Italy is fighting the 2019 novel coronavirus (COVID-19) outbreak. Because infants have an immature immune system and the route of vertical transmission cannot be surely ruled out, newborns are a high-risk group for infection, thus growing the complexity of neonatal transport (figure
) . The infants affected by COVID-19 may be asymptomatic, mild, or severely affected, but the clinical symptoms, whenever present, are not specific. Their temperature may be elevated, normal, or depressed, taking into account that temperature instability is frequent in premature infants; the presence of tachypnea, grunting, work of breathing, apnea, cough, or nasal flaring are highly suggestive for infections in adults but may be not specific in the newborn. Moreover, other manifestations of COVID-19 such as poor feeding, lethargy, vomiting, diarrhea, and abdominal distension are frequently detected in every ill newborn. All the findings listed previously cannot be linked exclusively to COVID-19 infection during neonatal age. Recent recommendations established criteria for the definition of suspected or confirmed infection in neonates.
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Recent advances in the detection of respiratory virus infection in humans.
Maternal and Fetal Experts Committee
Chinese Physician Society of Obstetrics and Gynecology, Chinese Medical Doctor Association, et al. Proposed management of 2019-novel coronavirus infection during pregnancy and puerperium.
- Wang L
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Chinese expert consensus on the perinatal and neonatal management for the prevention and control of the 2019 novel coronavirus infection (first edition).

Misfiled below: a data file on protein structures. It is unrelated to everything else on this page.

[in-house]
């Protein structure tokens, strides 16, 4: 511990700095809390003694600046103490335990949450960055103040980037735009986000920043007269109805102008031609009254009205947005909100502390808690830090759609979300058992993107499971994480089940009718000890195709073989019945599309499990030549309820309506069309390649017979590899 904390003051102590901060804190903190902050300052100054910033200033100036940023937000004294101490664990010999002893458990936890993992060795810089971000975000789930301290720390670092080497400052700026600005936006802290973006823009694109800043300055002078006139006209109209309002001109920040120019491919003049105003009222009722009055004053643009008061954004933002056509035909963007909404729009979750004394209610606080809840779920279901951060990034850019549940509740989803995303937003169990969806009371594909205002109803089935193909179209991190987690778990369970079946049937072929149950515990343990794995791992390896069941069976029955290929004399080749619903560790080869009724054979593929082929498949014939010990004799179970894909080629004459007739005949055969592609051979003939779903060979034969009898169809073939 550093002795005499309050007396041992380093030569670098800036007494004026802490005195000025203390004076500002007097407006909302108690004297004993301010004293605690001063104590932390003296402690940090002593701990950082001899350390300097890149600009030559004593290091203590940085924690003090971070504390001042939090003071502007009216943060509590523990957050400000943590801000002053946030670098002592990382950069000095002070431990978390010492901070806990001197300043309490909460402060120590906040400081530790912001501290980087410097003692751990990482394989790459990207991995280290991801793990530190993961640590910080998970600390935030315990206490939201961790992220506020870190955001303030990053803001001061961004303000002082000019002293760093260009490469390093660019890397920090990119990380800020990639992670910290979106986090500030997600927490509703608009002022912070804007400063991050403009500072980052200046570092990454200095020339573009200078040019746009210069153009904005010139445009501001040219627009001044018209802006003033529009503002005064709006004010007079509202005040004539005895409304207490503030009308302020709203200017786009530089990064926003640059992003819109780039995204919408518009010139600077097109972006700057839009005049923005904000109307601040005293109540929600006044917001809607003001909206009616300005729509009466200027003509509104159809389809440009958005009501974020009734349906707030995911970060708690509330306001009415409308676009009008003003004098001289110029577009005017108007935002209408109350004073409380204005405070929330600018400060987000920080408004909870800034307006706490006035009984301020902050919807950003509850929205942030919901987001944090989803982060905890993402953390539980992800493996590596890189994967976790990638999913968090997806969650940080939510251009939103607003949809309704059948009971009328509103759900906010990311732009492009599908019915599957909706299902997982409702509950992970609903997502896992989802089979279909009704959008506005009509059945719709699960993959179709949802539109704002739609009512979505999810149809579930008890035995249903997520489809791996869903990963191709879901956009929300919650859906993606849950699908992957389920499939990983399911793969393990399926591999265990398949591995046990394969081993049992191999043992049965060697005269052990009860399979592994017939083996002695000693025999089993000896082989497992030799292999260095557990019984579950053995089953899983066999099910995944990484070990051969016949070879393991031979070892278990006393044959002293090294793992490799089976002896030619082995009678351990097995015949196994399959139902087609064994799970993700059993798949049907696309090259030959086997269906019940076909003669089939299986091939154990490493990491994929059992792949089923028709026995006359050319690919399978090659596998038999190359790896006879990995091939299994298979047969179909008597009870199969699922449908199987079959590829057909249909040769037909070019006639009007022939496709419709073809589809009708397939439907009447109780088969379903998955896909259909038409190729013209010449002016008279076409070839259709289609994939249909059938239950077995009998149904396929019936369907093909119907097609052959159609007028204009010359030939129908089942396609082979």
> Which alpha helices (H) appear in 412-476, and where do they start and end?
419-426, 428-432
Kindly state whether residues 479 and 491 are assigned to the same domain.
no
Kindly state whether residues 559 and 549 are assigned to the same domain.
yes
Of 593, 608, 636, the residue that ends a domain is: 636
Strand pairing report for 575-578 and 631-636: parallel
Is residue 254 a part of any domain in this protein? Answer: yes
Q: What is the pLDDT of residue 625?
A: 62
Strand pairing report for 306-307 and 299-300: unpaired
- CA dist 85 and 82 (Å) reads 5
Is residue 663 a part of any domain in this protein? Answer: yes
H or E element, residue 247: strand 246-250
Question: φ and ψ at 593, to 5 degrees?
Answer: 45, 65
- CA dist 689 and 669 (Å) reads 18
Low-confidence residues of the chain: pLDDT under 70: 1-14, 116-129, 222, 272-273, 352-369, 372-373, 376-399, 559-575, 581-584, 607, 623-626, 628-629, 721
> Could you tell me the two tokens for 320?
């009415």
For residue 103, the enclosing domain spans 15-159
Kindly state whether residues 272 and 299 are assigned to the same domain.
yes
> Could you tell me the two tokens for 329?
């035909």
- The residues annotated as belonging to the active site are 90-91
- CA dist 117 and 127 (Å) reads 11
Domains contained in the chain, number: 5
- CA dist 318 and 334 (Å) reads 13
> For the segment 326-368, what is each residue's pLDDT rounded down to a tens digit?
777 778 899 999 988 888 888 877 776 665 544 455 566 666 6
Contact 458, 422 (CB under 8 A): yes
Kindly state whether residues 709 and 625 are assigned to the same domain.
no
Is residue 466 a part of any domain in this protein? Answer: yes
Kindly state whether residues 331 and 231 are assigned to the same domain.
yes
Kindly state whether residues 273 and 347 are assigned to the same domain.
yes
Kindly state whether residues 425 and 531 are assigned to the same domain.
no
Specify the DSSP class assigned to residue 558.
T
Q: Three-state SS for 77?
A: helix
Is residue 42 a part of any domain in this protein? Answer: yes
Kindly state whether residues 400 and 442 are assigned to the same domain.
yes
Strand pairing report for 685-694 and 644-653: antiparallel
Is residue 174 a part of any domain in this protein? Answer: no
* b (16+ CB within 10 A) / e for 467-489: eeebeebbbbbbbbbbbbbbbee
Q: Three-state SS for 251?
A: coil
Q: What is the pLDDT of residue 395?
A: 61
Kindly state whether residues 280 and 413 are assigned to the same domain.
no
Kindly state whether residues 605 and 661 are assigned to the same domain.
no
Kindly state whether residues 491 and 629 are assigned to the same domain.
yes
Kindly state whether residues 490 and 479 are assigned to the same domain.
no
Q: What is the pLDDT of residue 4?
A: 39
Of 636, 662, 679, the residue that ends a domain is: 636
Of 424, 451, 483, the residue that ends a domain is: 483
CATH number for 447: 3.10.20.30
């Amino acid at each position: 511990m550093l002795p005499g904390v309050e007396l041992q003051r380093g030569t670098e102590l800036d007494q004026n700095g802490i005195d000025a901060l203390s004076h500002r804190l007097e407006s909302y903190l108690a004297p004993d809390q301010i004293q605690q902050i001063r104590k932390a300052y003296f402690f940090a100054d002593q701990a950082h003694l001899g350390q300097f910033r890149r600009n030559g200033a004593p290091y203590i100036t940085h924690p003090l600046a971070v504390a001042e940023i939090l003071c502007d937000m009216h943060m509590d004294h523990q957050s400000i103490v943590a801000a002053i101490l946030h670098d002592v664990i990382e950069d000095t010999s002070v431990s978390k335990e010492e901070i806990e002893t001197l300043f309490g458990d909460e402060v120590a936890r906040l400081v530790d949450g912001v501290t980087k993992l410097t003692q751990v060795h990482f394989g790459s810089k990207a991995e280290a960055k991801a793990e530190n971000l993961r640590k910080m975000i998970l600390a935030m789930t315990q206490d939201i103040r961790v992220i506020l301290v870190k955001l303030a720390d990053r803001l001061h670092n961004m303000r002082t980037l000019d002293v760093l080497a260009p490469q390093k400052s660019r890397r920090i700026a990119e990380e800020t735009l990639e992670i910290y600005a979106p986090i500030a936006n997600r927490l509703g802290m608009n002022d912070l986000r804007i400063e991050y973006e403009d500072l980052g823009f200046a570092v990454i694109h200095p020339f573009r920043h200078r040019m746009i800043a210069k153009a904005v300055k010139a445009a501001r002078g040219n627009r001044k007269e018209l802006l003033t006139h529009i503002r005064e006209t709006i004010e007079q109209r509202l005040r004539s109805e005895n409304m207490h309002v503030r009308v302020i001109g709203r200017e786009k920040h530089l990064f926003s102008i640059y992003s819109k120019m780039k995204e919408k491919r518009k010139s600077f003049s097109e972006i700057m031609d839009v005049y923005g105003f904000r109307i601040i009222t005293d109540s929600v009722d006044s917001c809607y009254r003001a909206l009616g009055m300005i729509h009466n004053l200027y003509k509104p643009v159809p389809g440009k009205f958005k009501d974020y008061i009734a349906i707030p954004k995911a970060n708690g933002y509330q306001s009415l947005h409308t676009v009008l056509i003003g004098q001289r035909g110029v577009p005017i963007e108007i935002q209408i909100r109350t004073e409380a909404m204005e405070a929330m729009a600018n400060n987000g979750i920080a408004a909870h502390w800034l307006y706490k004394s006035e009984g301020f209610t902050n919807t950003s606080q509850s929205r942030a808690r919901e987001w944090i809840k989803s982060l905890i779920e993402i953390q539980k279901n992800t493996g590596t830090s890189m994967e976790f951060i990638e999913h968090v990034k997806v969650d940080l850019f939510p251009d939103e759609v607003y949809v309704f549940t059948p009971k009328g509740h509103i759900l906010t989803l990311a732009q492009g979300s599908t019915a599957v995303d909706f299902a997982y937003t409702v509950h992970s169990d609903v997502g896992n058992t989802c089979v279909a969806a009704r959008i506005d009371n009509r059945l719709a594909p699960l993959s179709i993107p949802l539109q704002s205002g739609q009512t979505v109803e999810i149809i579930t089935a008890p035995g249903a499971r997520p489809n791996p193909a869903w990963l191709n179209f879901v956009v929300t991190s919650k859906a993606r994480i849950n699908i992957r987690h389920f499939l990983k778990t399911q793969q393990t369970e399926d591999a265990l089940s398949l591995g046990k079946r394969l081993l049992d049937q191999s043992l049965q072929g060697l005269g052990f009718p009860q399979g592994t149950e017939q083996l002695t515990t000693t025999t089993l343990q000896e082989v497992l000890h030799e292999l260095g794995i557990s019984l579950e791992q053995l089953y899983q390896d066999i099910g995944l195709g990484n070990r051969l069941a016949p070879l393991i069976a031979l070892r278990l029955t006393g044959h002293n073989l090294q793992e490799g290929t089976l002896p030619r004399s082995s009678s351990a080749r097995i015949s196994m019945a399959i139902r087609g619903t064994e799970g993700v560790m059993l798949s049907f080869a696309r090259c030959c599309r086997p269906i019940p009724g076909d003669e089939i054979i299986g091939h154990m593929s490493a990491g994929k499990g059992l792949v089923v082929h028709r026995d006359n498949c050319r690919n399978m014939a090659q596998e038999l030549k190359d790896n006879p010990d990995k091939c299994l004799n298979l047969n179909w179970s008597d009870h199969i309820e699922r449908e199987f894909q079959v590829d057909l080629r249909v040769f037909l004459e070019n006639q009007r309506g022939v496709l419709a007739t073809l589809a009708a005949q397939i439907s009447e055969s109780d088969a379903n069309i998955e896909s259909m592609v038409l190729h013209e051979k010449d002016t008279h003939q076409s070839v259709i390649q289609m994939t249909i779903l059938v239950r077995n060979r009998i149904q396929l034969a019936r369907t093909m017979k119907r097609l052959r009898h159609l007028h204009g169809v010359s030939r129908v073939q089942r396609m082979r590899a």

In the case of an outborn neonate, it may be very difficult to reach a sure definition of suspected or confirmed infection. The Transport Study Group of the Italian Society of Neonatology suggested the recommendations to improve safety for the transport of suspected or confirmed infected newborns. In our opinion, each outborn neonate who needs to be transported must be considered confirmed, even if the transferred center defines him or her as suspected. The Neonatal Emergency Transport Service (NETS) team does not need improvement of the instrumentation in use, such as a complete equipped transport module, transport bag, and first aid drugs. What must be added consists of highly protective wear equipment that must be stored inside the ambulance. It can happen in the case of a transport not scheduled at risk for COVID-19 that could be changing its triage en route; in this case, the availability of protective wear equipment on board allows the NETS team to be protected on the road, before approaching the at-risk newborn. If the ambulance is fitted with an opening door connecting the driver and health compartments, it is recommended to seal the passage; in general, the ambulance should be isolated from outside. At the end of the transport, the ambulance containing all the used devices inside must be disinfected before becoming available for the next transport. We strongly suggest that the transformation from a normally equipped NETS ambulance into a COVID-19 NETS ambulance is possible in every condition and at any time. We found it very difficult to obtain rapid and effective disinfection of a helicopter if used for a COVID-19 neonatal transport; the disinfection is long-lasting and complex in order to protect the technologically advanced flying instruments, thus placing the helicopter out of service for a long period of time. We suggest using a ground ambulance whenever possible. These recommendations concern the transport of outborn newborns regardless of whether they were born in a negative pressure delivery room or not.